David Mac Cruz, one of the Museum’s illustrators, told El Mundo in October of last year that “although some of the crimes brought to life in these works can seem surreal or ironic, the intention of the Museum is not to create humor, as corruption is serious,” but rather to expose how the reality of these crimes are such that an informative portrayal of what has happened can seem exaggerated and abstract.

-Jake Sandler

Also in LADB on Feb. 11-13

Follow us on Twitter @LADBatUNM

(Subscription required to read full LADB articles. Click here for subscription information)

Friday, February 6, 2015

The Political Trajectory of "Sweet Micky"

SWEET MICKY FOR PRESIDENT - TRAILER from Something Kreative Studios on Vimeo.

On the same month that Haiti dissolved its parliament and President Michael Martelly announced some controversial Cabinet appointments, the film 'Sweet Micky for President' received two top awards for Best Documetnary at Park City’s Slamdance festival. What do the two events have to do with each other? They both feature  Michael Martelly as a leading character.

For the news about the political developments in Port-au-Prince, we invite you to read  this week's edition of NotiCen because this blog post is all about the documentary.  In a nutshell, this is what the documentary is all about.
"Music and politics collide when international music star Pras Michel of the Fugees returns to his homeland of Haiti following the devastating earthquake of 2010 to mobilize a presidential campaign for Haiti’s most controversial musician: Michel Martelly aka Sweet Micky. The politically inexperienced pair set out against a corrupted government, civil unrest and a fixed election. When Pras’ former bandmate - superstar Wyclef Jean - also enters the presidential race, their chances seem even further doomed. But despite the odds, they never give up on their honest dream of changing the course of Haiti’s future forever."
As a first time director, Ben Patterson received an abnormally high level of acclaim for the film.  However, the debut of his film at Slamdance last month had  many people in and out of the political world talking about Haiti, particularly about the current president, Martelly. Slamdance  is a ‘cousin’ festival to Sundance that features films which fall outside of Sundance’s elite lineup,

To learn how Martelly came to run for president, it is useful to review some background history. This history is depicted in the documentary Sweet Micky for President. In 2011, following the devastating earthquake that struck Haiti, Patterson accompanied his friend Pras Michel, a former member of the legendary hip hop trio the Fugees, on a trip to the Caribbean nation.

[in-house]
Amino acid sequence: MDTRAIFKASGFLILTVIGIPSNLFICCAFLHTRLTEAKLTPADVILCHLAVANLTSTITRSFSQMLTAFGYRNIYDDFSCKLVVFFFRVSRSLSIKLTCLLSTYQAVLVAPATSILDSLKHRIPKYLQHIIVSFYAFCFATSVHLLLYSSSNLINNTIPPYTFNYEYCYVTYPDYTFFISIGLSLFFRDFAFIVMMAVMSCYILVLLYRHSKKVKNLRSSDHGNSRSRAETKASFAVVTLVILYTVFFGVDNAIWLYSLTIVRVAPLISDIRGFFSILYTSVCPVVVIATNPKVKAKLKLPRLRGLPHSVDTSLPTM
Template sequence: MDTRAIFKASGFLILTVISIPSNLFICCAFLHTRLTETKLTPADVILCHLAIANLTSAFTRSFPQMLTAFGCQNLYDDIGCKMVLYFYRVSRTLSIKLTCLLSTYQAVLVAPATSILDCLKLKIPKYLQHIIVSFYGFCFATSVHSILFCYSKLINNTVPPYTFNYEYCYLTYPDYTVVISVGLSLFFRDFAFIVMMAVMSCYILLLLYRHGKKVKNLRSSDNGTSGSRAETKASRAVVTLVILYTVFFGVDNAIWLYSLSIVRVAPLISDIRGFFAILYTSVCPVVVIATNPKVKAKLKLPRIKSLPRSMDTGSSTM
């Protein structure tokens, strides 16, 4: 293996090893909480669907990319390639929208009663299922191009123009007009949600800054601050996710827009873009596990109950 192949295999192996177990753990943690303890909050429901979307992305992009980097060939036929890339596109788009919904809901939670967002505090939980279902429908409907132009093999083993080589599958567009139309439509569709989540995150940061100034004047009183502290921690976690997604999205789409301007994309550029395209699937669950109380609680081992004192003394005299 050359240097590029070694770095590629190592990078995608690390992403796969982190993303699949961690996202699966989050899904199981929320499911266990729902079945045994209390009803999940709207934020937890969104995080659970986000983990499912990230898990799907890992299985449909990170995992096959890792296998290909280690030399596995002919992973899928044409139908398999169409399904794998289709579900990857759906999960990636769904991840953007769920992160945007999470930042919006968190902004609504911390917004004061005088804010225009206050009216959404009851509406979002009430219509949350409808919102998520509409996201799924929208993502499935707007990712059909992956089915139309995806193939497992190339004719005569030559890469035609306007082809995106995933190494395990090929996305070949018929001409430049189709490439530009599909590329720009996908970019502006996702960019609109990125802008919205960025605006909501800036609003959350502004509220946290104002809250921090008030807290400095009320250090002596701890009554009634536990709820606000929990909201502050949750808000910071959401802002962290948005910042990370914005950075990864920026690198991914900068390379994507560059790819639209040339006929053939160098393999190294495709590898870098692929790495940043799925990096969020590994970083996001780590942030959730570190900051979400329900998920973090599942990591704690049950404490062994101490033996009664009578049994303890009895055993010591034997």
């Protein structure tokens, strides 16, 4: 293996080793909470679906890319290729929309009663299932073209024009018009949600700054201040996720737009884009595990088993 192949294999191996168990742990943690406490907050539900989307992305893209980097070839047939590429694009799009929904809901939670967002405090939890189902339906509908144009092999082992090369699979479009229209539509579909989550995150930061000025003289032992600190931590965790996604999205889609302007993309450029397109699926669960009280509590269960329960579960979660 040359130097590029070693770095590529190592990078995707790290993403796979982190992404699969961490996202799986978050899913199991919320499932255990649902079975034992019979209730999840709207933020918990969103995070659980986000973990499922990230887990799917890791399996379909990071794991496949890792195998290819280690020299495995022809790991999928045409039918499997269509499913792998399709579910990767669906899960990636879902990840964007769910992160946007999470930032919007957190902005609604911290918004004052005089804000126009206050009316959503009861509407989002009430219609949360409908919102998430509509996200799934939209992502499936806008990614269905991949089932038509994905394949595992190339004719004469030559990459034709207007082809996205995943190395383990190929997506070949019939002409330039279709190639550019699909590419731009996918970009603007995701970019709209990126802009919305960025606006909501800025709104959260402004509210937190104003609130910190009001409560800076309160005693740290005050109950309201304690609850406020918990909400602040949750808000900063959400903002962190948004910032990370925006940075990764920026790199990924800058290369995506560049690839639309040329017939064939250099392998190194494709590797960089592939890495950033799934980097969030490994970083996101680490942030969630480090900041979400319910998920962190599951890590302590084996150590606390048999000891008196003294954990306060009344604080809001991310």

Patterson initially captured Pras’ frustration with the state of affairs in his native country. The  documentary took a different twist when Pras decided to encourage his friend, a wildly popular Haitian musician, to join the several dozen candidates running in the Haitian presidential race.  Michel Martelly (also known by his stage name “Sweet Micky”) had been a billboard staple in Haiti since the 1980s, and was known for his wild stage-presence. However, he was also known for his pointed, often poetic lyrics that criticized the government. Off of the stage, Martelly had been a vocal figure in Haitian popular culture and politics, speaking out strongly against former leader Jean-Bertrand Aristide and supporting the coup that overthrew him.

Pras drummed up support for Martelly’s campaign not only from his longtime musical partner and Haitian-born friend, Wyclef Jean, but also from Hollywood stars such as Sean Penn and from a powerful US couple:  Bill and Hilary Clinton.

Sweet Micky for President” tells the almost unbelievable story of the rise of a politically-minded pop star to the presidency of one of the world’s most troubled nations. Surely, it is one of those stories that even the most seasoned authors of fictional screenplays could never make up, a story that involves intense poverty, massive international aid projects, American hip hop stars. And let us not forget the role of the Clintons and political rival Aristide, a popular Haitian figure in his own right.  When “Sweet Micky” entered office in 2011, it was the first time in Haitian history that an incumbent president peacefully transferred power to a member of the opposition.

-Jake Sandler